I've included Gold and Silver fixings in USD into the model in an attempt to make the predictions more accurate. It's in early stages, but I will be sharing my work and findings, eventually.

Here are a bunch of links to help anyone who might be interested.

http://www.rapidminer.com/ leading open-source system for data mining. AI Financial Prediction etc.

http://www.neuralmarkettrends.com/ Trading Trends In The Markets. Has some good tutorials.

http://leenissen.dk/fann/ Fast Artificial Neural Network Library is a free open source neural network library.

http://dit.ipg.pt/MBP/ Multiple Back-Propagation is a free software application (released under GPL v3 license) for training neural networks with the Back-Propagation and the Multiple Back-Propagation algorithms.

http://people.ok.ubc.ca/rlawrenc/research/Papers/nn.pdf A good paper on applying neural networks to trading.

To much theory and not enough 'method'. Also a sever lack of time... Anyone know of a crazy investor or philantropist and an entire development team with not much to do at the moment ? lol

~ Keep generating those Bitcoins folks, "Theirs Gold in them their Hills !"  Cool Grin

I was a very early Bitcoin adopter - I mined and sold over 12,500+ BTC before they reached just a few cents! I bought a slice of a rather famous Pizza!? and donated 500 BTC to the first Bitcoin Faucet. Got a bit lost along the way... logged out 2010... logged back in 2013... I did 'find' around 25 BTC (in old wallets and sites), which is better than none! <> BBR - CBX - CURE - DASHEMCGAP - GRC - LTC - MINT - NMC - NuBits - PPC - SLM - START - XPM - <> This is not investment advice! <>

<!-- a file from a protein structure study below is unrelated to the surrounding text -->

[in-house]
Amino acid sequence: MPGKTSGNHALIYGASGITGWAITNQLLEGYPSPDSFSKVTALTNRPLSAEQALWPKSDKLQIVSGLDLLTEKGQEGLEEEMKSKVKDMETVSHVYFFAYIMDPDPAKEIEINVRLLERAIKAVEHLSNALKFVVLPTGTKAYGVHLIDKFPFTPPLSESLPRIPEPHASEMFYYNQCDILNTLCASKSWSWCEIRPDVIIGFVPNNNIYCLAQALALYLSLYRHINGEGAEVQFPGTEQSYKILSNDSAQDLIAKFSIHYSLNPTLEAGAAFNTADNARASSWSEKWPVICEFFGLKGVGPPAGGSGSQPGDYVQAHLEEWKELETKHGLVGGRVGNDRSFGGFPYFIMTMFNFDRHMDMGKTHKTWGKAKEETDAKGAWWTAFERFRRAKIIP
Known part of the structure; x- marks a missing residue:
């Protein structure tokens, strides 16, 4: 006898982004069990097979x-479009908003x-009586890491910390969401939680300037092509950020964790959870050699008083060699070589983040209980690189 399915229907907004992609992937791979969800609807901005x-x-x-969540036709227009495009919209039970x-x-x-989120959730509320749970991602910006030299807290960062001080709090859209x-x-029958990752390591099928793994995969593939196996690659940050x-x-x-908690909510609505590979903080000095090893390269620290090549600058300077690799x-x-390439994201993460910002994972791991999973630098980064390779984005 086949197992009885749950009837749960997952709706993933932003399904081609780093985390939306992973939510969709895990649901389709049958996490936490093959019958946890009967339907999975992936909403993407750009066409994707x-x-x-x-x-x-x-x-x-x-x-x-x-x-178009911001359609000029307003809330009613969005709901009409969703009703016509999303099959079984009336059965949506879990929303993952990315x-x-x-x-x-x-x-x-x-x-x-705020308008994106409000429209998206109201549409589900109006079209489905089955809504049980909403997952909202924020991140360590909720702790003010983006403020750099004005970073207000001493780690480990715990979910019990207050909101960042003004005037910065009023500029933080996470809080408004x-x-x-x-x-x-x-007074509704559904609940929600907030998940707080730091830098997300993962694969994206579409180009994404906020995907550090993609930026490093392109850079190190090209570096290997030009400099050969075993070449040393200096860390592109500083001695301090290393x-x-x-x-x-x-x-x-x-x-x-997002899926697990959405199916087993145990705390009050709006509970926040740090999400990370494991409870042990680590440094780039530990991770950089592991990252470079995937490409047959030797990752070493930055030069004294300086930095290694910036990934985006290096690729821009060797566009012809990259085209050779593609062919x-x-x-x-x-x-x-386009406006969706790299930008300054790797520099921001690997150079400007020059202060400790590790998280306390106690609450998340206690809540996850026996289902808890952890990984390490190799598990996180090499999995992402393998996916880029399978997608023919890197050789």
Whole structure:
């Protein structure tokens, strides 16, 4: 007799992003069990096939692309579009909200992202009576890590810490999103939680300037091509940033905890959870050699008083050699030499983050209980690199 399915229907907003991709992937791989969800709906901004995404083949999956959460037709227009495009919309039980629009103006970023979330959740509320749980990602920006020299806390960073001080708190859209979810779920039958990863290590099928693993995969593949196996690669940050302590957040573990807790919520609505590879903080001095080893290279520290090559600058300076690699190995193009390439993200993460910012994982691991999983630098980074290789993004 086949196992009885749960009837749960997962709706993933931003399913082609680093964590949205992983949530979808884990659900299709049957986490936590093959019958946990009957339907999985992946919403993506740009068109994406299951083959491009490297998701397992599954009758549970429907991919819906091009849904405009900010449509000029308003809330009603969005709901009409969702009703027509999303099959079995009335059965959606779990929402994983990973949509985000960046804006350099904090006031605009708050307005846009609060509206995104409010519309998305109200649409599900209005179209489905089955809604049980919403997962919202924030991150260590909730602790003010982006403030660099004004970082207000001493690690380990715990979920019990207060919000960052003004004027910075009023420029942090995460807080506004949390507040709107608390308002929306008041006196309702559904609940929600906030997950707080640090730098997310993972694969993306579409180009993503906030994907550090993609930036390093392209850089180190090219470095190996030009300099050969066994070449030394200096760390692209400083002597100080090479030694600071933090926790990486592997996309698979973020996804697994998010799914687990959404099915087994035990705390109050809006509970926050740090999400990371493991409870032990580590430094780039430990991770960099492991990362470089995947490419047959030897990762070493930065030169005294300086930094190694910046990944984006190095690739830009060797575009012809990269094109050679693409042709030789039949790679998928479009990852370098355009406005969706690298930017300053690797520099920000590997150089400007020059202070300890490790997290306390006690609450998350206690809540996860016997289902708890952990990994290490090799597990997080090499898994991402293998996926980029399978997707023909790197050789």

NewLibertyStandard
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March 02, 2010, 10:00:09 AM
 #5

Hi all. The BTC price during late 2009 and early 2010 seems to be around 1400 BTC per $1USD. But when I look at the current exchange rates (3 Feb 2010), it's around 300 BTC per $1USD. Did the price suddenly quadruple in February 2010, or is there something I'm missing here? Also, how will the price be determined during 2010? Thanks.
The main difference is that in 2009 I was only including the price of electricity in my production costs whereas in 2010 I started using the price of electricity plus the price of Internet. My exchange rate page outlines how I calculate the value of bitcoins.

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fergalish
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March 04, 2010, 09:31:47 AM
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The main difference is that in 2009 I was only including the price of electricity in my production costs whereas in 2010 I started using the price of electricity plus the price of Internet. My exchange rate page outlines how I calculate the value of bitcoins.
Hmm, but bitcoin uses a very small bandwidth - did you account for that?  You could even have a server farm with a single connection to spread the connection costs even more.
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October 15, 2016, 12:03:03 PM
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Someone thinks that bitcoin is a pyramid scheme a new type. Because those that know about bitcoins, was able to buy them cheaper. Now they are profiting at the expense of newcomers, who have to overpay. As with any pyramid scheme, bitcoin will experience a sad ending, predicting the skeptics. As soon as I run out the number of people willing to invest, the rate of bitcoin will fall to zero.